Using BNPL for food shows ‘personal desperation’


As prices rises, Americans are increasingly finding new ways to make ends meet.

But with some necessary purchases, such as groceries, there are fewer options that don’t involve taking on debt.

That makes the option to pay later — through companies such as Klarna, Zip, Zilch, Affirm and Afterpay — look increasingly attractive.  

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About two-thirds of consumers have worried in the past month about affording groceries due to the rise of inflation, a recent LendingTree survey found.

At the same time, Zip said it notched 95% growth in U.S. grocery purchases, according to The New York Times. Klarna reported that more than half of the top 100 items its app users are now buying are grocery or household items.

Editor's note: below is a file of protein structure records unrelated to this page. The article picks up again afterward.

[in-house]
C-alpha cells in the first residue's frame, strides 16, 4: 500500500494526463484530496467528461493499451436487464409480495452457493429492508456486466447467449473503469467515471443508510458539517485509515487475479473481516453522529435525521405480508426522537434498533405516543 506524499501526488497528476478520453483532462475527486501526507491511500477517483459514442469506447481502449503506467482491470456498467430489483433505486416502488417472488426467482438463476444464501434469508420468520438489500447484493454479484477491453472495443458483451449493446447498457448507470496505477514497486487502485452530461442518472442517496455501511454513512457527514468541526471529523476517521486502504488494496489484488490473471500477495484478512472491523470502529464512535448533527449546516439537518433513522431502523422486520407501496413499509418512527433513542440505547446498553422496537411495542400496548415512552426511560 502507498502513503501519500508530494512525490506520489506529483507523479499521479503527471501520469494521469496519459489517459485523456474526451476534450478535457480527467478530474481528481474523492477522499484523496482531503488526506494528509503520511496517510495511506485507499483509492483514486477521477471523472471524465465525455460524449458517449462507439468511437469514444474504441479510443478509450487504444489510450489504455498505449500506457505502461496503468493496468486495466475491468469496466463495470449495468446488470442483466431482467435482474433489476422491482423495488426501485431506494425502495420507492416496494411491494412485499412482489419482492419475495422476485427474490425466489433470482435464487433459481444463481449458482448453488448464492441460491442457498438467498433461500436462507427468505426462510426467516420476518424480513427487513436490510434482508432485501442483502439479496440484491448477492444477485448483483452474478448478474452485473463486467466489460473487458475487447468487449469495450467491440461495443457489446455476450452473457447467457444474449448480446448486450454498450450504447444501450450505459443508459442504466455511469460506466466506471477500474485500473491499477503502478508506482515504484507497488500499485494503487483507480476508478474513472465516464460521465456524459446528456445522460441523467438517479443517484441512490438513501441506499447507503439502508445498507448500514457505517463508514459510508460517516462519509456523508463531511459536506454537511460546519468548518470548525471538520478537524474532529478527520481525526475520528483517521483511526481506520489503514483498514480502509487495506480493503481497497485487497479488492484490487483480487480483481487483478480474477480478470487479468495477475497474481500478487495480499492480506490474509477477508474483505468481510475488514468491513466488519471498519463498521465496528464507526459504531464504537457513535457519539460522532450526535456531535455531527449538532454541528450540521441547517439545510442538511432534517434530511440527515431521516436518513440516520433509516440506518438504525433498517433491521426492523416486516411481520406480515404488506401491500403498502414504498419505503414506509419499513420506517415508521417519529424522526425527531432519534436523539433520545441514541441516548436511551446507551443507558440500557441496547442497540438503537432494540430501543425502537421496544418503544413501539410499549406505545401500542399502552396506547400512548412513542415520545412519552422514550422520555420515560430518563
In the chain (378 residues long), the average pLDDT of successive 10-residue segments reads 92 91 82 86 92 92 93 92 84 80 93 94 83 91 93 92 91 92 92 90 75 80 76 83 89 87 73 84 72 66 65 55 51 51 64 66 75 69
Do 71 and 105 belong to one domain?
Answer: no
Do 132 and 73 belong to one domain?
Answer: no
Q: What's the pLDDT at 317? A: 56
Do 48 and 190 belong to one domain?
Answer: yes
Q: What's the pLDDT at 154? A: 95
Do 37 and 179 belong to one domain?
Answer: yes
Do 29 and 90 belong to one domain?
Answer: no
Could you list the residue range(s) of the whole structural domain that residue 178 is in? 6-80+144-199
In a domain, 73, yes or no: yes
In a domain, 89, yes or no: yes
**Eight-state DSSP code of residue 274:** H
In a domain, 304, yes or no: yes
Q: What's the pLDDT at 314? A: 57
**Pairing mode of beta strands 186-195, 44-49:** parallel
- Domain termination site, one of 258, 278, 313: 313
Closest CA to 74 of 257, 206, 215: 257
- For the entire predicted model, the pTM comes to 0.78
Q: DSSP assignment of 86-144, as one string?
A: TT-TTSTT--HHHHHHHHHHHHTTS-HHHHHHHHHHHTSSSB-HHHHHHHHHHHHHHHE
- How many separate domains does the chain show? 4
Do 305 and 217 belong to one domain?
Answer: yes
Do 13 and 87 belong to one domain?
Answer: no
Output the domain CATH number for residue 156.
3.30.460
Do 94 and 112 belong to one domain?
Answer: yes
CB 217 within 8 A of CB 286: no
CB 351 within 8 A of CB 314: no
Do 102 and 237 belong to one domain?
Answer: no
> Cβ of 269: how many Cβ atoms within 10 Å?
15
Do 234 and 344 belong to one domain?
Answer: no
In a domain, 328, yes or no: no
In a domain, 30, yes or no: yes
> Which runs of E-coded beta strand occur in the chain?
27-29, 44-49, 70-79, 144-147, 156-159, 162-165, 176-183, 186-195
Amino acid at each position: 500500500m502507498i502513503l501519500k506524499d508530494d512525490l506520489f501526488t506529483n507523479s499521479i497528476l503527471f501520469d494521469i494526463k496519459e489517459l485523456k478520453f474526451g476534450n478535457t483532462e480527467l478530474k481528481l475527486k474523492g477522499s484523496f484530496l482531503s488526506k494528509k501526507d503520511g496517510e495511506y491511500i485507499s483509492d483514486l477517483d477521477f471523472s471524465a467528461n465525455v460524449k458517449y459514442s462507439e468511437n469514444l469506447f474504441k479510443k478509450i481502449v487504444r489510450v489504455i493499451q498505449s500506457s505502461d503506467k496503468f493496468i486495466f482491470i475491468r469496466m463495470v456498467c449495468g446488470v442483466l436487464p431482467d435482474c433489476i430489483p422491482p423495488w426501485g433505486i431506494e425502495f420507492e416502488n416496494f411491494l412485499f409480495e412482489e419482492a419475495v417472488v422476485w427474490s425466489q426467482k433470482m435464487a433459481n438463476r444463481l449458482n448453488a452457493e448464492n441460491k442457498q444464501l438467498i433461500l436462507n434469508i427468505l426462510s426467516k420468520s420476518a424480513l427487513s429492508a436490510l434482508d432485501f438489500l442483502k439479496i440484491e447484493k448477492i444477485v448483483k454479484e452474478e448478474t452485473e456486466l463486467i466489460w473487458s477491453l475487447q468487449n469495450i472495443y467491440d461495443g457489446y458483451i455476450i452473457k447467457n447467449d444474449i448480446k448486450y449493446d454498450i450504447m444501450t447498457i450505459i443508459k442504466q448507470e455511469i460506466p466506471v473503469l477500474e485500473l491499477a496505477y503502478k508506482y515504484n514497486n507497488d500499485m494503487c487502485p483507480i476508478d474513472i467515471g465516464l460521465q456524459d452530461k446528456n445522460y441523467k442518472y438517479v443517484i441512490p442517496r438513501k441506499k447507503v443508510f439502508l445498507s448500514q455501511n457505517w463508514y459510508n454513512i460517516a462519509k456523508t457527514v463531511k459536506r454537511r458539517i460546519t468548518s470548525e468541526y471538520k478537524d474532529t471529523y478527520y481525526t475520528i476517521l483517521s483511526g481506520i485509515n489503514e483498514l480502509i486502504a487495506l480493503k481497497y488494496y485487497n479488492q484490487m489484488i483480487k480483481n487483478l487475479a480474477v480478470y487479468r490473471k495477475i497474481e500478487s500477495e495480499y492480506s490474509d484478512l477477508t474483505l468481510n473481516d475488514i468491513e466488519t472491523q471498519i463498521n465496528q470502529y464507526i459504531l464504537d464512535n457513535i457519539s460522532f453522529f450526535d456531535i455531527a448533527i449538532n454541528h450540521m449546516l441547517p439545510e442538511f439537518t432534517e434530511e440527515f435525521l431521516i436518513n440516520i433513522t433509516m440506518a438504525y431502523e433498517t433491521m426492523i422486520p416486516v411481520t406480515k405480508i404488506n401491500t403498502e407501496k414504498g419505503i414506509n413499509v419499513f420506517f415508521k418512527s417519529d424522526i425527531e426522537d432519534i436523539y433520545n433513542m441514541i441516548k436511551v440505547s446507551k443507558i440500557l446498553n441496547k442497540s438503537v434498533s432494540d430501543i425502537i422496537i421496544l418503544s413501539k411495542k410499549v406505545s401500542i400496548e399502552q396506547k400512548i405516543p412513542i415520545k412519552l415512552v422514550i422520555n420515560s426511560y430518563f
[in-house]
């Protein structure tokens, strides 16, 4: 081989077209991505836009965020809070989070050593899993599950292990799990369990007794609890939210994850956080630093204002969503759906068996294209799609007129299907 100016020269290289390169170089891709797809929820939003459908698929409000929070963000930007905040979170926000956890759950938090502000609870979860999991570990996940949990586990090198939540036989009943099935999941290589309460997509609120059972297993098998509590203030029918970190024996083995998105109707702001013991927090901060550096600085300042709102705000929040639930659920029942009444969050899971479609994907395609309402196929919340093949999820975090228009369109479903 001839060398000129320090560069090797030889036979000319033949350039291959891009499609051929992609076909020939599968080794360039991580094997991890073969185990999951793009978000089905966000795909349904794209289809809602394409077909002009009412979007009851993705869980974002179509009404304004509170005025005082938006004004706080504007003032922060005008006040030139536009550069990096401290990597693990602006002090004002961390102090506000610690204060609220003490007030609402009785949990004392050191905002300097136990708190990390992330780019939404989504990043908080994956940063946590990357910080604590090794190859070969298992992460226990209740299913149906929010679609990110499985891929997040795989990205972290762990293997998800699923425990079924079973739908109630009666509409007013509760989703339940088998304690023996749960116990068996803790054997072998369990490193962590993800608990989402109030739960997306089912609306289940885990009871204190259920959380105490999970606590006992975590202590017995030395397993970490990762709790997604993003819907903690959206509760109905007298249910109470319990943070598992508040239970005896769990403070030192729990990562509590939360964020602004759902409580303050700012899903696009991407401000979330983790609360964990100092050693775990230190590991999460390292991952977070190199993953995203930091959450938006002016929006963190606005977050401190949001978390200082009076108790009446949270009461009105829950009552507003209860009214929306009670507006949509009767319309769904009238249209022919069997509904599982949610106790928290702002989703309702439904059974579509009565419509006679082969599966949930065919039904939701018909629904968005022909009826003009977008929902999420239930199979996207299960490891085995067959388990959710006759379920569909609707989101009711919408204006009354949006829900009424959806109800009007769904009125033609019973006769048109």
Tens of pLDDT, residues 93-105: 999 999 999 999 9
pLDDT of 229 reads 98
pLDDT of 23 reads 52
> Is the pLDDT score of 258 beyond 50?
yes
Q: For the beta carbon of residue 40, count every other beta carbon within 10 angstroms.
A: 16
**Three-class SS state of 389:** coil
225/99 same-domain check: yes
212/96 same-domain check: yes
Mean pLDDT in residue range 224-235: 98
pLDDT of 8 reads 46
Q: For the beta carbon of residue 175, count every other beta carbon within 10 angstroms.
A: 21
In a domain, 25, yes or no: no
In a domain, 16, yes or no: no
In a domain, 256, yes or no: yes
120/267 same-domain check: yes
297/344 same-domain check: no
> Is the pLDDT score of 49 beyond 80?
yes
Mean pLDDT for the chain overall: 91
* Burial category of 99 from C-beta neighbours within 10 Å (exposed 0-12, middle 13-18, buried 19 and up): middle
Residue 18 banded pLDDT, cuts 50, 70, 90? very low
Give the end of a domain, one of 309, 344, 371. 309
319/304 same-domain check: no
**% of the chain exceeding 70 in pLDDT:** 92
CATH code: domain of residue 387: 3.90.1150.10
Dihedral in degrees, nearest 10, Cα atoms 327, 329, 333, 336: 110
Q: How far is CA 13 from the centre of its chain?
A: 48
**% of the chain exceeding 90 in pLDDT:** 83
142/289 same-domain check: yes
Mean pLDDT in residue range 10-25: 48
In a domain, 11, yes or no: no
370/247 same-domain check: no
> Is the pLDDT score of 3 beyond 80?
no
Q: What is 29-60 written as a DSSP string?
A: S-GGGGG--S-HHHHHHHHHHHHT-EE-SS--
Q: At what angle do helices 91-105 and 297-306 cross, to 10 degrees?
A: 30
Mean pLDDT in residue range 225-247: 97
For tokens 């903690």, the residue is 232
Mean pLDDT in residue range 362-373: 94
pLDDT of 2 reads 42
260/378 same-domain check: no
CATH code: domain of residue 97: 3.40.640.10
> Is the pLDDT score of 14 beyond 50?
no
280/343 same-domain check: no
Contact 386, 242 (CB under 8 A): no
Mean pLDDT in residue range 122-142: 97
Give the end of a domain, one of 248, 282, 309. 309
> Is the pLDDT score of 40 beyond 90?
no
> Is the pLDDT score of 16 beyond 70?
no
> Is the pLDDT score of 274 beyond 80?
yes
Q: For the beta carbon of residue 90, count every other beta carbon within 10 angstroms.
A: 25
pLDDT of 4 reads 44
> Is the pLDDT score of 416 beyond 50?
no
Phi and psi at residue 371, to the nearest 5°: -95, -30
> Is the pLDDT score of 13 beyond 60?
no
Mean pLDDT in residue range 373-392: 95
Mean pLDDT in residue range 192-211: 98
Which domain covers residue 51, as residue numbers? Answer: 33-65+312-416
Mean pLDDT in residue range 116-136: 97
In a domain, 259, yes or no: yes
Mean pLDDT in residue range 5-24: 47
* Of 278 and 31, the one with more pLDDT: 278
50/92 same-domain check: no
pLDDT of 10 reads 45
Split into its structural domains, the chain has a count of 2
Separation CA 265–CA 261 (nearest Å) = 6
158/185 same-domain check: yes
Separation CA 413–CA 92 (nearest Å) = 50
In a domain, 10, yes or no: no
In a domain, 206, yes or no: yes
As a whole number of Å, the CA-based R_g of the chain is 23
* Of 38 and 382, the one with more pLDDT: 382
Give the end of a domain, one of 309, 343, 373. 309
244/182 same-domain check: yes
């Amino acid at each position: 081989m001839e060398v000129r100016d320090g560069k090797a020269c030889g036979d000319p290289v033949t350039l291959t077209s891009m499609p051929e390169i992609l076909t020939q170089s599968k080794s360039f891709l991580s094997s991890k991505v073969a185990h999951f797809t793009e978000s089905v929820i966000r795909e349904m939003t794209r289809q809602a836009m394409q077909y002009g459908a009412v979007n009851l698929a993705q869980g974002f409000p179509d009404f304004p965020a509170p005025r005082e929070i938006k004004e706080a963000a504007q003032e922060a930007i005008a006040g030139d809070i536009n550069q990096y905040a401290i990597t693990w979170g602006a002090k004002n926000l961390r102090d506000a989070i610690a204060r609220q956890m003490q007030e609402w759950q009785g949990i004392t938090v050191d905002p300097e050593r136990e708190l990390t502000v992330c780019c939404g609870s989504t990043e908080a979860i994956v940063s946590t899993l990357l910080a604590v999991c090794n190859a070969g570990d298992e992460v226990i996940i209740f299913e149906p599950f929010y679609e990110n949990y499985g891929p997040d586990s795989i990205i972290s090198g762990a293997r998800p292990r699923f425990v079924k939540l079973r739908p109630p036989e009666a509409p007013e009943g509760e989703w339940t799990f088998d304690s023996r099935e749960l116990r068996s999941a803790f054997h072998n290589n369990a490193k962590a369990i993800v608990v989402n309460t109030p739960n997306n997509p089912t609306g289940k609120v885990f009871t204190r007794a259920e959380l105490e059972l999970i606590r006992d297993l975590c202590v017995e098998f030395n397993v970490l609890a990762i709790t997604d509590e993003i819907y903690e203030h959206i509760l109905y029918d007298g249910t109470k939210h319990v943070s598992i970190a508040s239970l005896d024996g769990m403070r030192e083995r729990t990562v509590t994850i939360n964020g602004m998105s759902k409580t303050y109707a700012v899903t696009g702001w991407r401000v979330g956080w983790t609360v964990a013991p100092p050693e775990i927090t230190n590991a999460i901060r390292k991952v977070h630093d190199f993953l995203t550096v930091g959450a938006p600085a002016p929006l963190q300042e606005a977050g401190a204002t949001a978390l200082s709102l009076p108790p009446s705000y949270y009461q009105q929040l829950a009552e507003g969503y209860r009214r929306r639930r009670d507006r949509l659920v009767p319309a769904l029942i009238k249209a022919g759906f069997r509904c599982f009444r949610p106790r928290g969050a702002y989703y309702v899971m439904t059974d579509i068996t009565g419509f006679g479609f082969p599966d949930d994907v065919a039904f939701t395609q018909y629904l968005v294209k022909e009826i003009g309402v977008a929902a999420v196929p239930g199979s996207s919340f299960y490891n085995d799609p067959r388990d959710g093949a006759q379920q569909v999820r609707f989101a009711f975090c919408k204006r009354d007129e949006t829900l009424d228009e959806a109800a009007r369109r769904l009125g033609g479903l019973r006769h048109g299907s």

“The fact that there’s a large number of Americans that simply can’t afford to buy food highlights the desperation that this economic climate creates,” said Marshall Lux, a fellow at the Mossavar-Rahmani Center for Business and Government at the Harvard Kennedy School.

“Once people start stretching out grocery payments it shows the height of personal desperation,” Lux added.

Once people start stretching out grocery payments it shows the height of personal desperation.

Marshall Lux

fellow at the Mossavar-Rahmani Center for Business and Government at the Harvard Kennedy School

Although inflation, overall, began to ease last month along with gasoline prices, food costs climbed 1.1% in July, bringing the year-over-year gain to 10.9%, according to the latest Consumer Price Index figures.

The food-at-home index, a measure of price changes at the grocery store, notched the largest 12-month increase since 1979.

Using BNPL could mean people ‘overextend themselves’



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